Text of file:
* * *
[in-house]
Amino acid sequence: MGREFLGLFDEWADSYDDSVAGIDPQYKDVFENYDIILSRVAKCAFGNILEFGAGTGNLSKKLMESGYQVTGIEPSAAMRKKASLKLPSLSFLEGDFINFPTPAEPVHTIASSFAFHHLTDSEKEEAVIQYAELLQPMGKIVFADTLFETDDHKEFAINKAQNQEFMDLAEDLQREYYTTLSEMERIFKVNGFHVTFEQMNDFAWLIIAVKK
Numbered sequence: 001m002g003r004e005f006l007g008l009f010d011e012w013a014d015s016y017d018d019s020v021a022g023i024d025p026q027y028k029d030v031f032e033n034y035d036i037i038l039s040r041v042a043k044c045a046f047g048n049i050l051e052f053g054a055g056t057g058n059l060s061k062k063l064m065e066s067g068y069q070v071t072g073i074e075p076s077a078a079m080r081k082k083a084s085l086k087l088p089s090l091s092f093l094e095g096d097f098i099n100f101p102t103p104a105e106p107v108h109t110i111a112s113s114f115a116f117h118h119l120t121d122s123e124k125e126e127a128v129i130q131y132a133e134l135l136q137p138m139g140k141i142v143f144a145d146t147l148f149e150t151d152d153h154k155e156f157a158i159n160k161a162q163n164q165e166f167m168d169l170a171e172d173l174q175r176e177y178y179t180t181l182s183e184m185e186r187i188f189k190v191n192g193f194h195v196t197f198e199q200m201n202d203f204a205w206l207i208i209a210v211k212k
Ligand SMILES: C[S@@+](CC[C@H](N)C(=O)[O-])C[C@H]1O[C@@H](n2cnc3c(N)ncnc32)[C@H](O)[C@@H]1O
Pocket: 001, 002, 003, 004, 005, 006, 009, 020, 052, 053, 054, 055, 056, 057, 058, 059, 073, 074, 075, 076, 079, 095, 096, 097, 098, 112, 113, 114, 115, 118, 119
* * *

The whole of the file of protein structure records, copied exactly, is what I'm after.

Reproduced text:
[in-house]
Amino acid sequence: MGREFLGLFDEWADSYDDSVAGIDPQYKDVFENYDIILSRVAKCAFGNILEFGAGTGNLSKKLMESGYQVTGIEPSAAMRKKASLKLPSLSFLEGDFINFPTPAEPVHTIASSFAFHHLTDSEKEEAVIQYAELLQPMGKIVFADTLFETDDHKEFAINKAQNQEFMDLAEDLQREYYTTLSEMERIFKVNGFHVTFEQMNDFAWLIIAVKK
Numbered sequence: 001m002g003r004e005f006l007g008l009f010d011e012w013a014d015s016y017d018d019s020v021a022g023i024d025p026q027y028k029d030v031f032e033n034y035d036i037i038l039s040r041v042a043k044c045a046f047g048n049i050l051e052f053g054a055g056t057g058n059l060s061k062k063l064m065e066s067g068y069q070v071t072g073i074e075p076s077a078a079m080r081k082k083a084s085l086k087l088p089s090l091s092f093l094e095g096d097f098i099n100f101p102t103p104a105e106p107v108h109t110i111a112s113s114f115a116f117h118h119l120t121d122s123e124k125e126e127a128v129i130q131y132a133e134l135l136q137p138m139g140k141i142v143f144a145d146t147l148f149e150t151d152d153h154k155e156f157a158i159n160k161a162q163n164q165e166f167m168d169l170a171e172d173l174q175r176e177y178y179t180t181l182s183e184m185e186r187i188f189k190v191n192g193f194h195v196t197f198e199q200m201n202d203f204a205w206l207i208i209a210v211k212k
Ligand SMILES: C[S@@+](CC[C@H](N)C(=O)[O-])C[C@H]1O[C@@H](n2cnc3c(N)ncnc32)[C@H](O)[C@@H]1O
Pocket: 001, 002, 003, 004, 005, 006, 009, 020, 052, 053, 054, 055, 056, 057, 058, 059, 073, 074, 075, 076, 079, 095, 096, 097, 098, 112, 113, 114, 115, 118, 119